BusyBox version 1.29.0 came out today, and though most GNU/Linux users won’t find it in their repositories just yet it should prove to be an extremely important update nonetheless. There might be no other tool that’s quite as commonplace in the world of open-source software. The single binary provides a number of stripped-down standard Unix tools, and it can run in a variety of other POSIX environments as well as those powered by the Linux kernel.

While it’s historically been used to provide a useful group of tools on devices that used embedded Linux, BusyBox is today included with most desktop and laptop distros as well. You’ll still find it deployed on countless devices. If you fished a command prompt out of a smart thermostat or television, then you might get to use BusyBox-based tools.

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Google invests $22 M in Linux-based mobile operating system KaiOS

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OS
GNU
Linux
Google
  • Google invests $22 M in Linux-based mobile operating system KaiOS

    Google has invested $22 million in Linux-based mobile operating system KaiOS. As part of its Next Billion Users initiative, Google will bring some of its core products — Search, Maps, YouTube, Google Assistant — to ‘smart feature phones’ that run on KaiOS. These apps will be developed specifically for the KaiOS platform, which is entirely web-based and uses open standards such as HTML5, JavaScript, and CSS.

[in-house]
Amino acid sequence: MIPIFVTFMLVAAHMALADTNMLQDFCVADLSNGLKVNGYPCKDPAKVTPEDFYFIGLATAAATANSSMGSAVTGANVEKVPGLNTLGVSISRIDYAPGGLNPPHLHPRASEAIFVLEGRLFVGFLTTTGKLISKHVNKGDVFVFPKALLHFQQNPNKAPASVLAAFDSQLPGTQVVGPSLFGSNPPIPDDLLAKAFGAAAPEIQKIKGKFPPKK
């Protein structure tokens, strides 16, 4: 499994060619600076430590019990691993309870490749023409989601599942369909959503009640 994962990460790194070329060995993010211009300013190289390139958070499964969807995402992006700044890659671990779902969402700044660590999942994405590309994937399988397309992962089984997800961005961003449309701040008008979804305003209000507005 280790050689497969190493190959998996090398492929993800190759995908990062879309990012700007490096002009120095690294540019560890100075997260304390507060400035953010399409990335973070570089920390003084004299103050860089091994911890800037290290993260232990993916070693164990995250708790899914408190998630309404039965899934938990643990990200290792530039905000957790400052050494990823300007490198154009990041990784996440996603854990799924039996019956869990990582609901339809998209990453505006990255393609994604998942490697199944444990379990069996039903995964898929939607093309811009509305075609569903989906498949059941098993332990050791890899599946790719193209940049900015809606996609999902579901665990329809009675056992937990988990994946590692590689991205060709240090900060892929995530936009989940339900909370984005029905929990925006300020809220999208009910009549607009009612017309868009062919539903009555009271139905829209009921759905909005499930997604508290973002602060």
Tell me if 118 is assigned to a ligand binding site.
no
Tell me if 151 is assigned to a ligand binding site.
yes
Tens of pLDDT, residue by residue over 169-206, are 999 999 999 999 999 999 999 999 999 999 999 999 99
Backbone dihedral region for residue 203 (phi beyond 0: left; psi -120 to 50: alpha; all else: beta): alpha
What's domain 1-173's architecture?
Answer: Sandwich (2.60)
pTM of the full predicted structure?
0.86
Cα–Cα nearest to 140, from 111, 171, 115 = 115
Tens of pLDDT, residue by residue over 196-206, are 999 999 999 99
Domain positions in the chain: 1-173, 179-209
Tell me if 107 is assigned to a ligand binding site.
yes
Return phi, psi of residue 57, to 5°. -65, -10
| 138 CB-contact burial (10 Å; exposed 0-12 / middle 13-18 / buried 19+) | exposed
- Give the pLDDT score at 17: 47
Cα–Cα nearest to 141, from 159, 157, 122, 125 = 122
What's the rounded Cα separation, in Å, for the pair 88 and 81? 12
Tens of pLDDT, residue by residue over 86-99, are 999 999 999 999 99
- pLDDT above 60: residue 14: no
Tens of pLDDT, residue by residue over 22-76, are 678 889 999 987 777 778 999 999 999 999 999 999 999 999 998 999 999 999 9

• KaiOS now 2nd most popular mobile OS after Android in india as iOS drops to third

    DeviceAtlas collects web traffic from hundreds of thousands of websites. In it's most recent Q1 2018 report the company found that Android is by far the most popular, and it continues to gain market share from iOS in some areas like Malaysia. There are few surprises here, as Sailfish OS remains the only viable smartphone OS alternative to the Apple and Google offerings.

    One interesting tidbit in the results are for Feature Phone traffic. The devices are still popular around the world, with Jio, Nokia and others pumping out millions of devices to the market each year. An example of such a device is the nostalgic remake of the Nokia 8110 "Matrix phone", which runs KaiOS. India is the largest source of traffic for these four devices, making for a whopping 88 percent of all feature phone traffic collected in the survey.

  • Google invests $22M in feature phone operating system KaiOS

    Google is turning startup investor to further its goal of putting Google services like search, maps, and its voice assistant front and center for the next billion internet users in emerging markets. It has invested $22 million into KaiOS, the company that has built an eponymous operating system for feature phones that packs a range of native apps and other smartphone-like services. As part of the investment, KaiOS will be working on integrating Google services like search, maps, YouTube and its voice assistant into more KaiOS devices, after initially announcing Google apps for KaiOS-powered Nokia phones earlier this year.

  • 18 Chromebooks get Linux app support

    If you thought Chrome OS was just a boring glorified web browser turned OS, then your impressions are woefully outdated. Next to still unofficial, or even unconfirmed, platforms like Google Fuchsia or Microsoft Andromeda, Chrome OS is shaping up to be one of the most exciting operating systems of late. That is, if you owned a Google Pixelbook or one of the more recent, more powerful, more expensive recent Chromebooks. Worry not because Google has just recently flipped the switch that will give even the cheaper and older ones some powerful features, namely Linux app support.